Anti Dumping Agreement Notes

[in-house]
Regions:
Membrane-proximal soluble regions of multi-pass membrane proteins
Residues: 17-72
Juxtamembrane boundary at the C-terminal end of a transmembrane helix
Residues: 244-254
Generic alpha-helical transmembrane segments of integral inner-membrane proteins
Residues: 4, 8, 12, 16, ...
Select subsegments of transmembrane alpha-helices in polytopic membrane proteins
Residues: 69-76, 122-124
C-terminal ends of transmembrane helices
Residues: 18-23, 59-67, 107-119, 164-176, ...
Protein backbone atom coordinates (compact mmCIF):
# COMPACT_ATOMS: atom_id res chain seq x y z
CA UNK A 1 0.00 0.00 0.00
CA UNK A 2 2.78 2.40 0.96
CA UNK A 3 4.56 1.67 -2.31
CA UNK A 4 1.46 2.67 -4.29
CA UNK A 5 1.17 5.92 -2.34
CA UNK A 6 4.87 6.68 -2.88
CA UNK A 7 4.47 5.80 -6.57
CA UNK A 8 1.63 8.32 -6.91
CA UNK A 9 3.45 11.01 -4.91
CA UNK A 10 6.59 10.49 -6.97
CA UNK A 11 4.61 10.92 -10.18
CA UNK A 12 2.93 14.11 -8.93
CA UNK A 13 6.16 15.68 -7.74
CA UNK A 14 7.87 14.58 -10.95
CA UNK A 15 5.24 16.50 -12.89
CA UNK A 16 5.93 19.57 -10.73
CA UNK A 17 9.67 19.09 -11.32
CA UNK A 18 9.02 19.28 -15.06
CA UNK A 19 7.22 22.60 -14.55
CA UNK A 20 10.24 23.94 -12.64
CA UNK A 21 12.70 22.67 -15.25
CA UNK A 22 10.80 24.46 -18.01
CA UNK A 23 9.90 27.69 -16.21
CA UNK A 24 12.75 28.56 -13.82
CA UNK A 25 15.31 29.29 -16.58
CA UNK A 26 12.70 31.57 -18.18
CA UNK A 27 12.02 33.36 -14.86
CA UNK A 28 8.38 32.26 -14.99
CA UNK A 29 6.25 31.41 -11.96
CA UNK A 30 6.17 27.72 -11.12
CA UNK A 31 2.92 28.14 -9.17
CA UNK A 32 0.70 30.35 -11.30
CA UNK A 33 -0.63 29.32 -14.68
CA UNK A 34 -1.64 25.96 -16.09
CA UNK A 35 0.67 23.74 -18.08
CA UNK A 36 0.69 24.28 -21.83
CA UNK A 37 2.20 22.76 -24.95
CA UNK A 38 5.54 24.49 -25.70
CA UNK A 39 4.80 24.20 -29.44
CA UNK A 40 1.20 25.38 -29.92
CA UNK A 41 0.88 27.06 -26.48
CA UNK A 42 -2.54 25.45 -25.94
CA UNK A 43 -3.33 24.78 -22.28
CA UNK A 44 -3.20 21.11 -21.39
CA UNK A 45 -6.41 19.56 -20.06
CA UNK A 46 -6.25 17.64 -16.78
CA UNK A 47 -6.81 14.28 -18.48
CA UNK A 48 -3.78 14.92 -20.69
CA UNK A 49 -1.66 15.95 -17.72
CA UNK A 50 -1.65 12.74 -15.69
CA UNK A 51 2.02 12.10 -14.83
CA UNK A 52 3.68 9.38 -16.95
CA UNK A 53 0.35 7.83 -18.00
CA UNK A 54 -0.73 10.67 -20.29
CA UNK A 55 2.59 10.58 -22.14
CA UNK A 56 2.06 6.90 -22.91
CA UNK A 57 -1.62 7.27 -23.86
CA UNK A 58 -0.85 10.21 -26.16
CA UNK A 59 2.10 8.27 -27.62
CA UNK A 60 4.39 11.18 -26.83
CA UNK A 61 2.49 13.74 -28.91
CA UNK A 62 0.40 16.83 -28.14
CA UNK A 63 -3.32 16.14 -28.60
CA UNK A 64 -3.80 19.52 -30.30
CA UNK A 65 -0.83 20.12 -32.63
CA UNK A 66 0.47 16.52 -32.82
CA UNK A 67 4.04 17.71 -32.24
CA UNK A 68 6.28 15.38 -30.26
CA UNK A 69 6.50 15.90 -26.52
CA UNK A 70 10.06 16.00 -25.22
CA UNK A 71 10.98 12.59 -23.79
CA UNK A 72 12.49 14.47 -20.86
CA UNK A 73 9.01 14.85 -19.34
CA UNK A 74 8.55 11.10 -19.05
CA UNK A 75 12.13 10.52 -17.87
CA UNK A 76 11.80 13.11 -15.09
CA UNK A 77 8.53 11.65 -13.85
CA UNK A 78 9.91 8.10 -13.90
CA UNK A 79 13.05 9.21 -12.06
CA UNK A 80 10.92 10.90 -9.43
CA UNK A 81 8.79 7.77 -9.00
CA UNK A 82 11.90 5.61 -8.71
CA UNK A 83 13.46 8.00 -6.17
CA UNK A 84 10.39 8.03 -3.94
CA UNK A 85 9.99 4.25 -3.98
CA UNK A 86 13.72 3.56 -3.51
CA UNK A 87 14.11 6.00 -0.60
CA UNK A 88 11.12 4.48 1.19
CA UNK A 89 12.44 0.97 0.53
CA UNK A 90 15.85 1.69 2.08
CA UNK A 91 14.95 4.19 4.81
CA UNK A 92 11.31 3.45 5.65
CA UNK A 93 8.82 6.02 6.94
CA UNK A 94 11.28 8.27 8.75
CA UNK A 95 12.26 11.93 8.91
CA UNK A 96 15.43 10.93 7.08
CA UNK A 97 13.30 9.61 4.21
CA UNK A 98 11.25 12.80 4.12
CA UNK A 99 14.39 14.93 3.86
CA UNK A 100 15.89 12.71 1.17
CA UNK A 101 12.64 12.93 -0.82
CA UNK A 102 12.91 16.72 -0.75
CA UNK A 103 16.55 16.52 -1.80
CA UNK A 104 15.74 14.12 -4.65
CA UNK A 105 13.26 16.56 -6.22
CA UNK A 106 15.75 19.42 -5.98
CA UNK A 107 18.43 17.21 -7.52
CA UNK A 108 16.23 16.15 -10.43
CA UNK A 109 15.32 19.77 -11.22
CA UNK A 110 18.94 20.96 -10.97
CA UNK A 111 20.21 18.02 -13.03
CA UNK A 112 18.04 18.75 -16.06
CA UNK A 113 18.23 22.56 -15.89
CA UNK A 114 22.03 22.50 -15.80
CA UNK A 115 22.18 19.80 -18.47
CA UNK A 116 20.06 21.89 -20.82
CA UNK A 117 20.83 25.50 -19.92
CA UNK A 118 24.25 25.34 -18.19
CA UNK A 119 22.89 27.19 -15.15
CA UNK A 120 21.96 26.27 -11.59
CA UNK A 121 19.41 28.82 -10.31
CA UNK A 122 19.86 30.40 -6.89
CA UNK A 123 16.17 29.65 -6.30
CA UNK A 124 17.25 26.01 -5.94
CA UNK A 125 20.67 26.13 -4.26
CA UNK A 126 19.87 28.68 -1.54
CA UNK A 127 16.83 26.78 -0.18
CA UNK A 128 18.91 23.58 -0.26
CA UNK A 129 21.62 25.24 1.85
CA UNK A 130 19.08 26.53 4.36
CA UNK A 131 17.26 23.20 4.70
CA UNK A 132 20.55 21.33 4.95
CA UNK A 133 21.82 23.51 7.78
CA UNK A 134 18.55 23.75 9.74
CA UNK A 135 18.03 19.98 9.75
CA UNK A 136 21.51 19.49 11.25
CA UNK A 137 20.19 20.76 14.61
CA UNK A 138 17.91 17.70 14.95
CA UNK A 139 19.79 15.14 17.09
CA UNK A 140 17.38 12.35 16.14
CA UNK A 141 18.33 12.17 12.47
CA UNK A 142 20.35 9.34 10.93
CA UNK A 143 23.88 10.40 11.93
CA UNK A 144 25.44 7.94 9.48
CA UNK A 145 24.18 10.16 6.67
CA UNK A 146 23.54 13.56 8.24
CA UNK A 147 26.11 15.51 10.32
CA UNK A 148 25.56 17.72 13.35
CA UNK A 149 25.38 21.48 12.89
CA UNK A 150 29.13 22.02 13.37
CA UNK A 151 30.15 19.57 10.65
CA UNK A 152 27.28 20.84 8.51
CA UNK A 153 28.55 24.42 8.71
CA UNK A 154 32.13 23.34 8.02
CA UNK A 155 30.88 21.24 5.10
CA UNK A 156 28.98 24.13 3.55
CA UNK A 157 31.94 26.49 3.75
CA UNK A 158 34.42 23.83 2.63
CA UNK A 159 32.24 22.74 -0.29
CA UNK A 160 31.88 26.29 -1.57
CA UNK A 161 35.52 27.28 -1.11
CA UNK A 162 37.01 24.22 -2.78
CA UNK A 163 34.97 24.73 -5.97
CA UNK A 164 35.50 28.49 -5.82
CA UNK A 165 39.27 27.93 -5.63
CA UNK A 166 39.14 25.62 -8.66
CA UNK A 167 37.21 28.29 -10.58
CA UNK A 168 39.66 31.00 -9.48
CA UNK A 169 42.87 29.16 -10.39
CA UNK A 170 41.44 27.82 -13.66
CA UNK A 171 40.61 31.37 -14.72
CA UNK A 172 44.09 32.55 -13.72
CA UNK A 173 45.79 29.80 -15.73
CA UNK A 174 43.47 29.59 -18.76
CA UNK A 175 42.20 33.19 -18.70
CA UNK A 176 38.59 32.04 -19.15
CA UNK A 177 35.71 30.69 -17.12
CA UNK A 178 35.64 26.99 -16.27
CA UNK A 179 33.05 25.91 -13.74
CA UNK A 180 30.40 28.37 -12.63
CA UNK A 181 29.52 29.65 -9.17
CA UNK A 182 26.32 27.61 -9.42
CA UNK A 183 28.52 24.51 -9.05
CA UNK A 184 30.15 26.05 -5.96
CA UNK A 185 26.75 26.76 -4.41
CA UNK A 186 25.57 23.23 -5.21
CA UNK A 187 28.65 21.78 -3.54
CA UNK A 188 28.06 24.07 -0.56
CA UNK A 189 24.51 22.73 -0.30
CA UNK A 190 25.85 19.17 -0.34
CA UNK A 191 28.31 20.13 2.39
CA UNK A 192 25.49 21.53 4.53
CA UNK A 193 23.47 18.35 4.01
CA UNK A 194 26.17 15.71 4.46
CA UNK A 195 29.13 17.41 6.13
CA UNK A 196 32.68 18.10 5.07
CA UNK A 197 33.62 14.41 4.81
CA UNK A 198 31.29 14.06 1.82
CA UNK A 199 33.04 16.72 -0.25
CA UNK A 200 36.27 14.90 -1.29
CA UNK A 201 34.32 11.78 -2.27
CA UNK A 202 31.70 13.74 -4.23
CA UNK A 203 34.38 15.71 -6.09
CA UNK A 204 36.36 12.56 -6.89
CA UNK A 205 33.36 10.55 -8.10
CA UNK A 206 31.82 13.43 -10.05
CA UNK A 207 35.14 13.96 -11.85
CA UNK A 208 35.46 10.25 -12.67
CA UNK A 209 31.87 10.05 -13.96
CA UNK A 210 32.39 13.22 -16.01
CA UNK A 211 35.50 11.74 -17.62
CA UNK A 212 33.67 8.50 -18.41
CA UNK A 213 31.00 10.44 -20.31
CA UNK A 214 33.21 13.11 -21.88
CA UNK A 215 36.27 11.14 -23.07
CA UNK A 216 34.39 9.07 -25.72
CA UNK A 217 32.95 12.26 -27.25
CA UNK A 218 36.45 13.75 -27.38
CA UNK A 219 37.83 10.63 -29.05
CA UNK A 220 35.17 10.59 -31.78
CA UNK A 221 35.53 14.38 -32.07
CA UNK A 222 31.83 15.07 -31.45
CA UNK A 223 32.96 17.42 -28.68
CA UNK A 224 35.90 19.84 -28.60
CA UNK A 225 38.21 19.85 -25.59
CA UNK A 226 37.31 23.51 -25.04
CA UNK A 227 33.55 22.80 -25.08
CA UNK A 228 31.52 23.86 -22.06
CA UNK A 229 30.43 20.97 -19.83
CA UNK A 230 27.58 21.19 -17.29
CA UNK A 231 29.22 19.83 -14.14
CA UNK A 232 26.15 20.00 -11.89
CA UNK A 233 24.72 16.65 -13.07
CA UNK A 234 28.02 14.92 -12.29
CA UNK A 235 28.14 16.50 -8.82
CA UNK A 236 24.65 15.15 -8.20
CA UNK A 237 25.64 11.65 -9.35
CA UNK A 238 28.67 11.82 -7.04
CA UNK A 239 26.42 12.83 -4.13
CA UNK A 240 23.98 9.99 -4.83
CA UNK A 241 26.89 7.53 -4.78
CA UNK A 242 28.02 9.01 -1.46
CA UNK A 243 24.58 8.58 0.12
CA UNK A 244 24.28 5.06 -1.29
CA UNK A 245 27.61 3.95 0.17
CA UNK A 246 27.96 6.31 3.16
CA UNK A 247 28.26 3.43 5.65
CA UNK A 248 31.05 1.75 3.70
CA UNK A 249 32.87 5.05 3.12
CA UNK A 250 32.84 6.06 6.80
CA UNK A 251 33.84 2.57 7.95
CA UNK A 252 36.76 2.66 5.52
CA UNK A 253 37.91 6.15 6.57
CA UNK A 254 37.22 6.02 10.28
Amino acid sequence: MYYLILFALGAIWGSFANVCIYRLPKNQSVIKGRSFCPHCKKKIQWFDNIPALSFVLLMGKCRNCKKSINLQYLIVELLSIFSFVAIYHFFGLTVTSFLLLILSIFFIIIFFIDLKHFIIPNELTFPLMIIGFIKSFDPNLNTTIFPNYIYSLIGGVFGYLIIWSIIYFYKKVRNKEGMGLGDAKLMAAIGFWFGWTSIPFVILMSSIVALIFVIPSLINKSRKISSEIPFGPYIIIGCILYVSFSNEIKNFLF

Article 2 contains substantive rules for the determination of dumping. Dumping is calculated on the basis of a “fair comparison” between the normal value (the price of the imported product in the “normal course” in the country of origin or export) and the export price (the price of the product in the country of import). Article 2 contains detailed provisions concerning the calculation of the normal value and the export price, as well as elements of fair comparison to be made. Article 12 lays down detailed requirements for the public notice of initiation of investigations, provisional and definitive findings and obligations of investigating authorities. The contract notice shall not disclose confidential information concerning the parties, the product, the dumping margins, the facts discovered during the investigation and the reasons for the authorities` findings, including the reasons for the acceptance and rejection of the relevant arguments or requests from exporters or importers. These publicity obligations are intended to increase the transparency of findings, in the hope that this will increase the extent to which decisions will be based on sound facts and arguments. Article 17 provides that the Dispute Settlement Agreement shall apply to disputes arising from the AD Agreement. However, Article 17(6) establishes a specific review measure to be applied by the courts to examine disputes in anti-dumping cases, both as regards the facts and the questions of interpretation of the Agreement. This standard gives some respect to the effective legal decisions and interpretations of national authorities and is intended to prevent dispute settlement bodies from taking decisions solely on the basis of their own opinions. A ministerial decision which is not part of the AD Convention establishes that its application is reviewed after three years, with a view to examining whether it is of general application. The Agreement provides that an anti-dumping duty shall remain in force for as long as necessary to combat the dumping causing injury. It contains a “sunset” provision which provides that the duty is lifted five years after its imposition, unless the government authorities find, in a review, that the lifting of the duty would result in the continuation or recurrence of dumping and injury. .

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